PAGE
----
On these days of mega mergers among the manufacturers and carriers of information –and education-, the tendency to “unify”, i.e. make monotony the gold standard, is an Orwellian reality. And it can grow on fertile ground: two studies explored Americans’ tendency to simplify nutrition information [Rozin et al. 1996]. Substantial minorities of separate samples of college students, physical plant workers, and a national sample considered a variety of substances, including some essential nutrients [salt and fat], to be harmful at trace levels. Almost half the respondents believed that high-calorie foods in small amounts contained more calories than low-calorie foods in much larger amounts. Many subjects classified foods according to a good/bad dichotomy, and almost all subjects confounded nutritional completeness with long-term healthfulness of foods. To account for these results, the authors suggest the following heuristics and biases: dose insensitivity, categorical perception, a “monotonic mind” belief (if something is harmful at high levels it is harmful at low levels), and the magical principle of contagion.
But what about other human beings for whom food is a critical contributor to physical well being, a major source of pleasure, worry and stress, a major occupant of waking time, and, across the world, the single greatest category of expenditures? Paul Rozin published in 1999 [Rozin et al. 1999] the first study on the way food functions in the minds and lives of people from four cultures. Adults and college students from Flemish Belgium, France, U.S.A. and Japan were surveyed with questions dealing with beliefs about the diet-health link, worry about food, the degree of consumption of foods modified to be “healthier” (e.g. reduced in salt or fat), the importance of food as a positive force in life, the tendency to associate foods with nutritional vs. culinary contexts, and satisfaction with the healthiness of one’s own diet. In all domains except beliefs about the importance of diet for health, there are substantial country (and usually gender) differences. Generally the group associating food most with health and least with pleasure is the Americans, and the group most food-pleasure-oriented and least food-health-oriented is the French. In all four countries, females, as opposed to males, show a pattern of attitudes that is more like the American pattern, and less like the French pattern. In either gender, French and Belgians tend to occupy the pleasure extreme, Americans the health extreme, with the Japanese in between. Ironically, the Americans, who do the most to alter their diet in the service of health, are the least likely to classify themselves as healthy eaters. These differences may influence health and may partially account for differences in rates of cardiovascular diseases, a.k.a. the “French paradox”.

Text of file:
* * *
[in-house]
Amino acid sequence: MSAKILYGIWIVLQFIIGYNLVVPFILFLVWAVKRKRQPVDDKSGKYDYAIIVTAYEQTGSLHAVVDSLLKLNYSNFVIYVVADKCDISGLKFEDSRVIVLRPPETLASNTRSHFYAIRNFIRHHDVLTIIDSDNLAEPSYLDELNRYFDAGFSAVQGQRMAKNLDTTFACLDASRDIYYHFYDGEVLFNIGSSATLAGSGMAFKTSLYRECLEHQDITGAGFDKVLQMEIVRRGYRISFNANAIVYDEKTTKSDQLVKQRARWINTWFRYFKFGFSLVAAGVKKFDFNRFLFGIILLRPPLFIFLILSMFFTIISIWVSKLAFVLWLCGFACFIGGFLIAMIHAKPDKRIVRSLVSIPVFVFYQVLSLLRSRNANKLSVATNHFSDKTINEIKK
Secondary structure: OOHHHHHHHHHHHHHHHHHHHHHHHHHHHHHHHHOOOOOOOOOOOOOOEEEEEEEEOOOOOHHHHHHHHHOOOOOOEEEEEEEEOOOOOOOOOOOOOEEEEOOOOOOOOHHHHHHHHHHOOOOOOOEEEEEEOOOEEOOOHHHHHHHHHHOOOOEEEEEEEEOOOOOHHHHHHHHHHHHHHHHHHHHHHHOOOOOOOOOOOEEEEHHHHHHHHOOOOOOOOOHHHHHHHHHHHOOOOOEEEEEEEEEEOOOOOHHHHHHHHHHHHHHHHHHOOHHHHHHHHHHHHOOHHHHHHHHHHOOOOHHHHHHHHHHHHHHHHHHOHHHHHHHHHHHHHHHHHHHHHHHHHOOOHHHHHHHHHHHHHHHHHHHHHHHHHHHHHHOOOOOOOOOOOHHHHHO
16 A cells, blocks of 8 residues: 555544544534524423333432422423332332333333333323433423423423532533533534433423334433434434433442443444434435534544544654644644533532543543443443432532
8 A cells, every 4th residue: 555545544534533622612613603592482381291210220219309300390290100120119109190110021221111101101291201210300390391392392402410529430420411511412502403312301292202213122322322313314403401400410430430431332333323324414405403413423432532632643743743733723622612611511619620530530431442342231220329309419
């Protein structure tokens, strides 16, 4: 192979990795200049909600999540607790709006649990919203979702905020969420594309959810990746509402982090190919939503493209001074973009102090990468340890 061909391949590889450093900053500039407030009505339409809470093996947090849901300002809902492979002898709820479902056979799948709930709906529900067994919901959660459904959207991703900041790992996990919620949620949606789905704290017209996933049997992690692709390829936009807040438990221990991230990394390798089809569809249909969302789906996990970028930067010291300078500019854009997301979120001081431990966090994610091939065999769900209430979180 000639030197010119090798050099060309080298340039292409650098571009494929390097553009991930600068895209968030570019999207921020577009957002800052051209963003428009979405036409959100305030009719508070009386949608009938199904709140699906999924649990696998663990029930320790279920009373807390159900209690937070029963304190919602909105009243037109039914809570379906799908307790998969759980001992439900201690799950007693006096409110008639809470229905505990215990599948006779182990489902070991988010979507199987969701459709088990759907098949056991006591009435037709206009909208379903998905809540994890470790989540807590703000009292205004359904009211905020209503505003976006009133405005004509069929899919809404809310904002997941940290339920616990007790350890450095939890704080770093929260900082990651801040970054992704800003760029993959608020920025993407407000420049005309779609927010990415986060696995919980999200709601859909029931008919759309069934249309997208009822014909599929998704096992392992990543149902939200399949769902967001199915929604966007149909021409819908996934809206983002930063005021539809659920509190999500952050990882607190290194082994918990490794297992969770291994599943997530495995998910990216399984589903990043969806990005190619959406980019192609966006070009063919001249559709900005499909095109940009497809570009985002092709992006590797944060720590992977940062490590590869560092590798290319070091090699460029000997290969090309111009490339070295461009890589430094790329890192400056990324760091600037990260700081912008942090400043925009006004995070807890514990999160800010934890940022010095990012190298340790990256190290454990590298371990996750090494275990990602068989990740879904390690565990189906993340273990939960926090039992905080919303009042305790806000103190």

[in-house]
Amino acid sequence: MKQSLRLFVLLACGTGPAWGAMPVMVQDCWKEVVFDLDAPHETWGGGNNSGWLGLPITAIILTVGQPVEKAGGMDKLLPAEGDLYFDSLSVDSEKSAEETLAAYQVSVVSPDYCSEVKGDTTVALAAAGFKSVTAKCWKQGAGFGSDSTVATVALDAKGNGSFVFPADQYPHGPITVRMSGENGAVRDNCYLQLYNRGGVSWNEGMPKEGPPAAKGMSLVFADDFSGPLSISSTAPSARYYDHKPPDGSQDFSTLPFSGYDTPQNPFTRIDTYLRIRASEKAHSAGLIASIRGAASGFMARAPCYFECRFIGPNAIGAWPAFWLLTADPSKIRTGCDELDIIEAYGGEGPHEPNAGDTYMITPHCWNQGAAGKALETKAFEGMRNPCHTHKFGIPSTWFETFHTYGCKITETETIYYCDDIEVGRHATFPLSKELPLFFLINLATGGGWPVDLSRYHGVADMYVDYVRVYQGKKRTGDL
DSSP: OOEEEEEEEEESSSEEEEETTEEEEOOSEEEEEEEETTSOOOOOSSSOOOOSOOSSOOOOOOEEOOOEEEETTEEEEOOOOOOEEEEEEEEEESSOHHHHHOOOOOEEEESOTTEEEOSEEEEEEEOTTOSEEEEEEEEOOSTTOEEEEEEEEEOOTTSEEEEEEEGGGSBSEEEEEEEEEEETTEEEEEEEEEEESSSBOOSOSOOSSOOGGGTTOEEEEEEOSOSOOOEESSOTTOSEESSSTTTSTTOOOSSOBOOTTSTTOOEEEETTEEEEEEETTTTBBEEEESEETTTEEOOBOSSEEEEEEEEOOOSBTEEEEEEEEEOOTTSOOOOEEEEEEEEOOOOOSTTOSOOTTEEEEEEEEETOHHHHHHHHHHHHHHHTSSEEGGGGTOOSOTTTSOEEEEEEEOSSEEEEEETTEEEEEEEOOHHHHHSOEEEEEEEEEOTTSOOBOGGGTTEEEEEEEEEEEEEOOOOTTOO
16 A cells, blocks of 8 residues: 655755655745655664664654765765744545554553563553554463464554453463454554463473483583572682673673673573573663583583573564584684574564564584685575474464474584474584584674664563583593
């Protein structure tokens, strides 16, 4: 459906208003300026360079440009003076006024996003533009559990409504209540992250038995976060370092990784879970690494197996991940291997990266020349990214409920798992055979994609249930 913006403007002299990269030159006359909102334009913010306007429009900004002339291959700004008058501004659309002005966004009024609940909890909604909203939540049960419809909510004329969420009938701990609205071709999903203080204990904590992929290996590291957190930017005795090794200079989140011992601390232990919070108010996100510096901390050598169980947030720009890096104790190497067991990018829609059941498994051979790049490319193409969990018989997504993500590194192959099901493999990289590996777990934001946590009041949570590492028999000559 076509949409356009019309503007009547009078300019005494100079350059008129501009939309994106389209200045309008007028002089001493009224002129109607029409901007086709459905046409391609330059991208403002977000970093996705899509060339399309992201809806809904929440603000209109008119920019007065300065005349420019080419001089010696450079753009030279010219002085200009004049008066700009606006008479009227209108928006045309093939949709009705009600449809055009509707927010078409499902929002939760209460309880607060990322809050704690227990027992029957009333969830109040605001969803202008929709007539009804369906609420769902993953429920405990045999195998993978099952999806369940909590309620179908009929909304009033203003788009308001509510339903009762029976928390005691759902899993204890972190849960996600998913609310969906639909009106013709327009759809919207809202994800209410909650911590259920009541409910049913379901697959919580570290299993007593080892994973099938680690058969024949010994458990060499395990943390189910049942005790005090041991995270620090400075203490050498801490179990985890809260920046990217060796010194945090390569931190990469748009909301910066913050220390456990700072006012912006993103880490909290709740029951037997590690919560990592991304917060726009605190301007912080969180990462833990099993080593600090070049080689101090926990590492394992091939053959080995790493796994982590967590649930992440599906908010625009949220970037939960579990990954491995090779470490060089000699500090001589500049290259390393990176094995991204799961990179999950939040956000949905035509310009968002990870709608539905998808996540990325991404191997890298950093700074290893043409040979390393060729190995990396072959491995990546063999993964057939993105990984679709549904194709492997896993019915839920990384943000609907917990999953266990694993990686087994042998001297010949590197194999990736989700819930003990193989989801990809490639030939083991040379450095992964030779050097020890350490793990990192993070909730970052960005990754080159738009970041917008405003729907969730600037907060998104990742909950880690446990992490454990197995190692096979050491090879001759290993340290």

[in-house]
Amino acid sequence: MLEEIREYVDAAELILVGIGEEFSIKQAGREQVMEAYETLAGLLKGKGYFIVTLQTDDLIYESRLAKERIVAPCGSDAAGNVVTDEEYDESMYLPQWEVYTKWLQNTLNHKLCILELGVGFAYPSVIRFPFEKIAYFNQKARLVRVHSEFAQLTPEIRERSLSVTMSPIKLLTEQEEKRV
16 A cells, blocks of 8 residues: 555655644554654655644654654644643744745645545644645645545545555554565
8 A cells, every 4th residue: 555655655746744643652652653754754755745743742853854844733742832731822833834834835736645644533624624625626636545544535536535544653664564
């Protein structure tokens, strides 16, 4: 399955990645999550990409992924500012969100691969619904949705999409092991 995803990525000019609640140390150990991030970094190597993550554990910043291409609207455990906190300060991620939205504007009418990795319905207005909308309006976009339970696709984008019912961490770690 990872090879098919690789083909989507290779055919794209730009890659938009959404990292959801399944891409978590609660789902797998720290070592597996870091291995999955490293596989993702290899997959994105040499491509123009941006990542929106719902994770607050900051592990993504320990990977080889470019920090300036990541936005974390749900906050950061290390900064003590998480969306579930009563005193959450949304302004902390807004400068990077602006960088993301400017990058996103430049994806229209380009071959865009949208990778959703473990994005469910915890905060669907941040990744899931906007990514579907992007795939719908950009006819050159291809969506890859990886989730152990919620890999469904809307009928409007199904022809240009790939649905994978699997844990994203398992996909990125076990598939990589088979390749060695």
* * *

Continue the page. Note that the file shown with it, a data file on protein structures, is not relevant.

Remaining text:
But why do we like fat [Drewnowski 1997]? Dietary choices are strongly influenced by the taste and texture of foods. Fats are responsible for the sensory properties of many foods and greatly contribute to eating pleasure. Although diets rich in fats tend to be more flavorful and varied, they also are high in energy. Because excessive fat consumption has been associated with higher rates of obesity and coronary heart disease, nutrition education efforts have focused on replacing dietary fats with grains, vegetables, and fruit. However, preference for high-fat foods appears to be a universal human trait, and in the absence of efficient physiologic mechanisms regulating fat intake, fat consumption appears to be determined simply by the amount of fat available in the food supply. Fat consumption at national levels is determined largely by economic variables such as urbanization or income. The question is whether appropriate nutrition education and intervention programs can surmount these barriers; but facing the humungous ever-present incitation of the fat-laden food industry we should remain skeptical about the success rate of such programs.
PBMC Peripheral blood mononucleated (or mononuclear) cells
ACTH Adrenal corticotrophin hormone
LDL Low Density Lipoprotein
NMR Nuclear Magnetic Resonance
MS Mass Spectrometry
HIV Human Immunodeficiency Virus
NK Natural Killer Cell
HDL High Density Lipoprotein
IgA Immunoglobulin A
sIgA Secretory IgA
TNF Tumor Necrosis Factor
HGH Human Growth Hormone
DOPAC Dihydroxyphenylacetic Acid
SEB Staphylococcal Enterotoxin B
Hs-CRP High sensitivity C-Reactive Protein
GNP Gross National Product
CDC Centers for Disease Control
SUNY State University New York
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Georges M. Halpern, MD, PhD
Distinguished Professor of Medicinal Sciences
The Hong Kong Polytechnic University
E-mail: [email protected]